When I stop to take a breath and step back before grading the current state of agriculture, it’s clear things are far from ideal in Hawaii. Despite making huge strides in the mainland these past few years, agriculture is still struggling to tell its story. The industry is constantly under attack from numerous activist groups who often mischaracterize it in a dark light. Farmers or AgVocates persistently receive verbal assaults or even have their crops destroyed by vandals. Yet, many take the high road and often react with kindness.
I recently read this blog by Seth Godin which gave me an “aha” moment. This blog was titled “Natural Life” and explained that “while we know life is never ideal or perfect, there are conditions that should and can be controlled…Then there are times in which we shouldn’t control them.”
Let’s assume things will never be ideal; that we will never have that perfect light shining on agriculture. There will always be food fads, self-appointed authorities condemning us with very little understanding of farming and agronomics and let’s not forget those who will protest us even while our products sustain their very existence.
We should not give up because agriculture is too important! After all it sustains the other 98%.
Maybe…farmers, ranchers, agriculture professionals, agvocates, consumers, moms, and foodies alike should accept the natural light. Is that not similar to what farmers do daily? They accept the natural light; then control what they can, use the best seed, tools, and technology at our disposal. Why should our communications and story be any different?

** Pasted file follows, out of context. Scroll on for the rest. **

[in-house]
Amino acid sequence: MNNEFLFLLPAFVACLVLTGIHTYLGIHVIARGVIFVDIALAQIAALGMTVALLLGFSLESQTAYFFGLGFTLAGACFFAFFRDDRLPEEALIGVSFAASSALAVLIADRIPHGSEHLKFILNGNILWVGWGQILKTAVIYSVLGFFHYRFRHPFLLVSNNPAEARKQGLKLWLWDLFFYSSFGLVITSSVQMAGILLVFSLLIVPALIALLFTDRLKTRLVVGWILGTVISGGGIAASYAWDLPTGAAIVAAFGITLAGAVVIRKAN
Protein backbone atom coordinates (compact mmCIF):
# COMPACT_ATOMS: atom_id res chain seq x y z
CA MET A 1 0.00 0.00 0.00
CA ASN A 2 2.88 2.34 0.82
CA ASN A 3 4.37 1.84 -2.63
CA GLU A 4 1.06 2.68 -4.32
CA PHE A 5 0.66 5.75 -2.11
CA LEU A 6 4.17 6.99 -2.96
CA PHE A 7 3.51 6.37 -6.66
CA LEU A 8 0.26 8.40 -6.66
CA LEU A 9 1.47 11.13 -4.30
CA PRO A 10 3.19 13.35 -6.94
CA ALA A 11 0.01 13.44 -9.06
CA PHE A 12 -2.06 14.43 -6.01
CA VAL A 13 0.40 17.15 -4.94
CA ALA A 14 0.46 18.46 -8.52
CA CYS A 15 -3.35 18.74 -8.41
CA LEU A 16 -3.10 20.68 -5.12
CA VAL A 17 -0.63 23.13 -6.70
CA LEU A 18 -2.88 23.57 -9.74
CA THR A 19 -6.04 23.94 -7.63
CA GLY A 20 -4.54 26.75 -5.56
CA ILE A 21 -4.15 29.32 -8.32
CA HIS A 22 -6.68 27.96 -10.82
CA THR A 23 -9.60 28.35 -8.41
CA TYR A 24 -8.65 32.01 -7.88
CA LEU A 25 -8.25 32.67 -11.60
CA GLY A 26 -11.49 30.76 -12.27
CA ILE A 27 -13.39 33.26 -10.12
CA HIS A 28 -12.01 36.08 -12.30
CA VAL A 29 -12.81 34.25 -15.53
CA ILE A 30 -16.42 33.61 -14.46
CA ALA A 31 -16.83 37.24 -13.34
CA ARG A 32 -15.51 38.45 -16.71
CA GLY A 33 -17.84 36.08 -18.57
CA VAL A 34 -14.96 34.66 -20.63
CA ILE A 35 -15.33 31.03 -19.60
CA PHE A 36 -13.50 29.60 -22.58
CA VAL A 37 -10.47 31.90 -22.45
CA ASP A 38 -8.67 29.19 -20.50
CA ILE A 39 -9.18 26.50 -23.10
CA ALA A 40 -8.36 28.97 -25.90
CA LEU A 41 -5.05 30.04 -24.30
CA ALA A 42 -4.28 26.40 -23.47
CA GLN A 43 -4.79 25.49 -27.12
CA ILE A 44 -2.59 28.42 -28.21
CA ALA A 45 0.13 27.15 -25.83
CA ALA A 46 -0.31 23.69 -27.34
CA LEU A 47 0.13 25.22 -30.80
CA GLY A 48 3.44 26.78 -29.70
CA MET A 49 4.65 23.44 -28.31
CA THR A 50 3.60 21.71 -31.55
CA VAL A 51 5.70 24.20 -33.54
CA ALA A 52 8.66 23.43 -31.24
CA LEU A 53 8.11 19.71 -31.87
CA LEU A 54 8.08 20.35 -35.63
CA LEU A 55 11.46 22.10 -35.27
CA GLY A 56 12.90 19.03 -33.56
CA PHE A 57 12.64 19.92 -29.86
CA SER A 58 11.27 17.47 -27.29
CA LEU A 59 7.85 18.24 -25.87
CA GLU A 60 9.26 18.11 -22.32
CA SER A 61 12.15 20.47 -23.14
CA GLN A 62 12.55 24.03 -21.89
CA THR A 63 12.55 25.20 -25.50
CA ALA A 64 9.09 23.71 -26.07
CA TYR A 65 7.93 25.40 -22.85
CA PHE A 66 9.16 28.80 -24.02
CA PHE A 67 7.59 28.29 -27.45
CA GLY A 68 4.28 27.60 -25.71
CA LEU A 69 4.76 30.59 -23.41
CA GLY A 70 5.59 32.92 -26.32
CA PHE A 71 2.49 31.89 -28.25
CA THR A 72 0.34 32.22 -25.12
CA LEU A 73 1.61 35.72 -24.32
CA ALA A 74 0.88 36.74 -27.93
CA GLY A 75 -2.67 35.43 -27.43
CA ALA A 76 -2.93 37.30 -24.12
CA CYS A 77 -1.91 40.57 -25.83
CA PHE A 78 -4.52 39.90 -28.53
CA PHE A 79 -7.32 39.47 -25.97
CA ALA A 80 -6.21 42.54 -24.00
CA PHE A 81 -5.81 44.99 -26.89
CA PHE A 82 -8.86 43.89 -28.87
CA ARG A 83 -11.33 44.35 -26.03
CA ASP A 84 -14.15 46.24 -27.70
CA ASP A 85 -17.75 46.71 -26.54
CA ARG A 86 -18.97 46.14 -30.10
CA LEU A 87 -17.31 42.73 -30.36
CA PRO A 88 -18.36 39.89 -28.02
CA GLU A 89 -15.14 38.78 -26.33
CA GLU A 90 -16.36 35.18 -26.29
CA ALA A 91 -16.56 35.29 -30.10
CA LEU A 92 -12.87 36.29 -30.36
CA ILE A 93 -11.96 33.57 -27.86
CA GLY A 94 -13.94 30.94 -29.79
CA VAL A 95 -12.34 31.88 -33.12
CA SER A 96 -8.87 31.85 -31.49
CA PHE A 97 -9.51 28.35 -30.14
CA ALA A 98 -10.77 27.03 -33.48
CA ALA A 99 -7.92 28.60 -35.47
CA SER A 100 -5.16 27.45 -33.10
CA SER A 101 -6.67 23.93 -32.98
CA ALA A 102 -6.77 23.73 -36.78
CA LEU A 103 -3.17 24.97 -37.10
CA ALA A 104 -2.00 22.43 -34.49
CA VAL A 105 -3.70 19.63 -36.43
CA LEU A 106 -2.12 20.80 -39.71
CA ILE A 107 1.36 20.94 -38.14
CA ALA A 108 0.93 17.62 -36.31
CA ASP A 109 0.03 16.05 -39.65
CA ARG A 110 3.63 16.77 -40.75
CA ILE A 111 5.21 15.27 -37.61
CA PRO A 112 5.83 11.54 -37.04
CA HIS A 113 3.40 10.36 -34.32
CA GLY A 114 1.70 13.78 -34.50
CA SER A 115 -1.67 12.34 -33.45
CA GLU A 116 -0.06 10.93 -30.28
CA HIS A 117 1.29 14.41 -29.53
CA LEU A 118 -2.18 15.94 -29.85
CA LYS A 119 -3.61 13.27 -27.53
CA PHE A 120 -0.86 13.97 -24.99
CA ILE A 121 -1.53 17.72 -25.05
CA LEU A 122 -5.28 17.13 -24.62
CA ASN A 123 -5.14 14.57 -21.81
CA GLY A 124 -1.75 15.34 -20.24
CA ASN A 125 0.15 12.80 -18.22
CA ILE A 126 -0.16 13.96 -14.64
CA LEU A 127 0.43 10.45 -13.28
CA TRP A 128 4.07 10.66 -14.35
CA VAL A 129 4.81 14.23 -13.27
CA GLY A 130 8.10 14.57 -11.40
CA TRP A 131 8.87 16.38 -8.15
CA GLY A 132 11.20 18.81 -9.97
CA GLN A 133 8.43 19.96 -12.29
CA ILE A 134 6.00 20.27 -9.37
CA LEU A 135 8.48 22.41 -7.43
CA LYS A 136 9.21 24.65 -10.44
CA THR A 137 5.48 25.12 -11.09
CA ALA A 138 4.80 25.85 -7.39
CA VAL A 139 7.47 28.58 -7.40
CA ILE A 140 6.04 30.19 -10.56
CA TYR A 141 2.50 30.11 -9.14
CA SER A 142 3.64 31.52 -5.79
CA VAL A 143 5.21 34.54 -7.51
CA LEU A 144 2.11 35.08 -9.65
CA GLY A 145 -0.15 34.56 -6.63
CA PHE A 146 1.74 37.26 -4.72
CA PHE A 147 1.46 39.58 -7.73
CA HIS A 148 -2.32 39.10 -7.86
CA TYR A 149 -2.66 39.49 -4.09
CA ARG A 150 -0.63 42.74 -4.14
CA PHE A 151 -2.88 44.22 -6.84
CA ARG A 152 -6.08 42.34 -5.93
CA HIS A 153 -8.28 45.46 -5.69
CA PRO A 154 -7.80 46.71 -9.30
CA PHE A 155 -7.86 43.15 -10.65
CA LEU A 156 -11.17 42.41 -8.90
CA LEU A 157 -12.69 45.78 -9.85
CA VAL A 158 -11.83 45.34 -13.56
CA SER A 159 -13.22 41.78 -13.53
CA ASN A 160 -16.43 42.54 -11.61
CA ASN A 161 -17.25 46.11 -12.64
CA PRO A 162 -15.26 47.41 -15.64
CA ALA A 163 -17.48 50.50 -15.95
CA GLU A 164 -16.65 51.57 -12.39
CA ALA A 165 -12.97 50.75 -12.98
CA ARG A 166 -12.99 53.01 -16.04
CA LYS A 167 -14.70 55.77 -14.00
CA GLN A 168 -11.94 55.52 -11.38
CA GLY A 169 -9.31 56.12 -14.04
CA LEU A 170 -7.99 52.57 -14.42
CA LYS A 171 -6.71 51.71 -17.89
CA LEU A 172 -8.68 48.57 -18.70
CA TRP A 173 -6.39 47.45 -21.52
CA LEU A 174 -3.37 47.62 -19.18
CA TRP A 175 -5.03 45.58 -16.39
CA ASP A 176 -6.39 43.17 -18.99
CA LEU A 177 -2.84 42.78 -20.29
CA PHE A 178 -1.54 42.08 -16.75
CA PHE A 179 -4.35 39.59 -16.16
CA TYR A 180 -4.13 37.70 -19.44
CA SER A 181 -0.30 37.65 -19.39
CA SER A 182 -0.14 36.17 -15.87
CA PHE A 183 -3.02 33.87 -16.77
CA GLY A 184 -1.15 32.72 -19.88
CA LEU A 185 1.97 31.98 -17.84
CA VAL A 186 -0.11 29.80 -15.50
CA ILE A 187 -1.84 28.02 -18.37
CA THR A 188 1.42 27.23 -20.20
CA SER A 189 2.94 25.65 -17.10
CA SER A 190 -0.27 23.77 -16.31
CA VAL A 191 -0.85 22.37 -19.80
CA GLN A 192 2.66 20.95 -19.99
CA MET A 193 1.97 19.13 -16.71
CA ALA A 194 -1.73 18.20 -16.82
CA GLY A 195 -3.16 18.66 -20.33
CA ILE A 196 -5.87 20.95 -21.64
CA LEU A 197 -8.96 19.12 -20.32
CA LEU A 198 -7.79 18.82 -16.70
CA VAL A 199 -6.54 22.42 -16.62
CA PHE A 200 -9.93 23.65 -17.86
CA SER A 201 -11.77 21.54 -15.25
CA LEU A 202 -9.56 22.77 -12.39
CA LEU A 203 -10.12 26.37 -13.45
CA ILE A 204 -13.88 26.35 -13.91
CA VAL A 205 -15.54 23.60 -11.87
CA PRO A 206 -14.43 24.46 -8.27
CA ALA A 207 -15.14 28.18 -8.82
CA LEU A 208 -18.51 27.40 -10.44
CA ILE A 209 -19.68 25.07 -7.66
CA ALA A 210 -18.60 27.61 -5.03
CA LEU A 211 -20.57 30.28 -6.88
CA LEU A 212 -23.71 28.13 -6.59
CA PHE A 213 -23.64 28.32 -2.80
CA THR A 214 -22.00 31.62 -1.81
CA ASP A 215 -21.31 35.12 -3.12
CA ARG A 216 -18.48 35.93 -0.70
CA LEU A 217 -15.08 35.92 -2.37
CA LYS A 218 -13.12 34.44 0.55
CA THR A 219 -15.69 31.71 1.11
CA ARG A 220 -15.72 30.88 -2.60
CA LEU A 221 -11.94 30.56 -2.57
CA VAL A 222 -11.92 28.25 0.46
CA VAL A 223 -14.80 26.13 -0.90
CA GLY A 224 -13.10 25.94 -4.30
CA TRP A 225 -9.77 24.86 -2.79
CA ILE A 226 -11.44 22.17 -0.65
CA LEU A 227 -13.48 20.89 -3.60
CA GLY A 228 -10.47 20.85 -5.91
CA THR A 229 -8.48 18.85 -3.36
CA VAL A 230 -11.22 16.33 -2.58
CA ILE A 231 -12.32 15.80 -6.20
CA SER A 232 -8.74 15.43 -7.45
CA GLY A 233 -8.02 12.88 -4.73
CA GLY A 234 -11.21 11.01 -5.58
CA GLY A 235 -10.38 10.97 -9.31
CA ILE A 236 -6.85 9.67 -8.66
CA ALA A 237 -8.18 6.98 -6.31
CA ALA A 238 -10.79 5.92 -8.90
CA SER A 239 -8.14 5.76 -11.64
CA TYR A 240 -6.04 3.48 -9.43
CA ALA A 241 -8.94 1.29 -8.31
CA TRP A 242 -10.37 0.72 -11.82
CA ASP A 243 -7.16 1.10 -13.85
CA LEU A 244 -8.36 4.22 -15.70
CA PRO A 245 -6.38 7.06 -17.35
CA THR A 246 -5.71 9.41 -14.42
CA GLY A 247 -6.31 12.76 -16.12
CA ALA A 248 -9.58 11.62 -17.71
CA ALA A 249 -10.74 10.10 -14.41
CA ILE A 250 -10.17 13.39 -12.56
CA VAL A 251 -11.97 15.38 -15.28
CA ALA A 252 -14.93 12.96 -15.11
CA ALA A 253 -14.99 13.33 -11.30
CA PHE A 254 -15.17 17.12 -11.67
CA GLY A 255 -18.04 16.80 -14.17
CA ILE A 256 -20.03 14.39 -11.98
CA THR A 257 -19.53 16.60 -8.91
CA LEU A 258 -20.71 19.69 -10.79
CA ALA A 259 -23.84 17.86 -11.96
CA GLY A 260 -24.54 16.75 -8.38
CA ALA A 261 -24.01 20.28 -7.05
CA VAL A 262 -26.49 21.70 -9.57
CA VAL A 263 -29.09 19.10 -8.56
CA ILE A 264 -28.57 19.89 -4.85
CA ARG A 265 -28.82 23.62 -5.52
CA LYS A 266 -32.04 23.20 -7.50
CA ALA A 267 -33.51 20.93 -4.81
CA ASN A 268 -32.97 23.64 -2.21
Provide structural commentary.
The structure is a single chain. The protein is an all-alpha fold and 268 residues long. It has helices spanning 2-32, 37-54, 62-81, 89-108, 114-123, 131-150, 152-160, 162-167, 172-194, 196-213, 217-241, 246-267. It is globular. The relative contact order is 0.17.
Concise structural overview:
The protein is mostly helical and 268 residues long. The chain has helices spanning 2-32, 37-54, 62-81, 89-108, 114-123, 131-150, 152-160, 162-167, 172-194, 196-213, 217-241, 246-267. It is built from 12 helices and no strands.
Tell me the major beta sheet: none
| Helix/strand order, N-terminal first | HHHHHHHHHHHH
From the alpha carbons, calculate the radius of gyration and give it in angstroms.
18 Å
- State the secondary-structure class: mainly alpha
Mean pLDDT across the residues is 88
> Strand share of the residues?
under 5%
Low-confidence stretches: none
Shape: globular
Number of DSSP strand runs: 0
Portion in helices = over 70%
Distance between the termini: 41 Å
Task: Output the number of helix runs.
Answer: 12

I have faith farming and agriculture will flourish in this light. Farmers and ranchers farm for many reasons but mainly because it’s in their blood. It’s not just a job, it’s their life.
I know farming is not all postcard perfect pictures, although there are tons of postcard moments on farms, there is also the reality of farming.
All farmers and ranchers use crop protection methods, pesticides, and antibiotics when necessary but not without thought or understanding. Yes, sometimes it’s imperfect. Dirty jobs must get done, sick animals must be cared for, and pests must be dealt in order to produce the meat and crops that feed our families and communities.
You might work in agriculture and not consider yourself an advocate, but you have the ability to do so. Use tools such as social media, to help others understand better where their food comes from.
I’m not telling you what food you should eat, but am asking you to not choose certain foods based on fear or shame.
I urge you as a mom, farmer, consumer or journalist to reach out across your table and your plate and ask questions before judging or condemning those that feed and sustain us. I know that when you view them in their natural light, you will see that they are ideal!
Here are some sources of information on food and farming: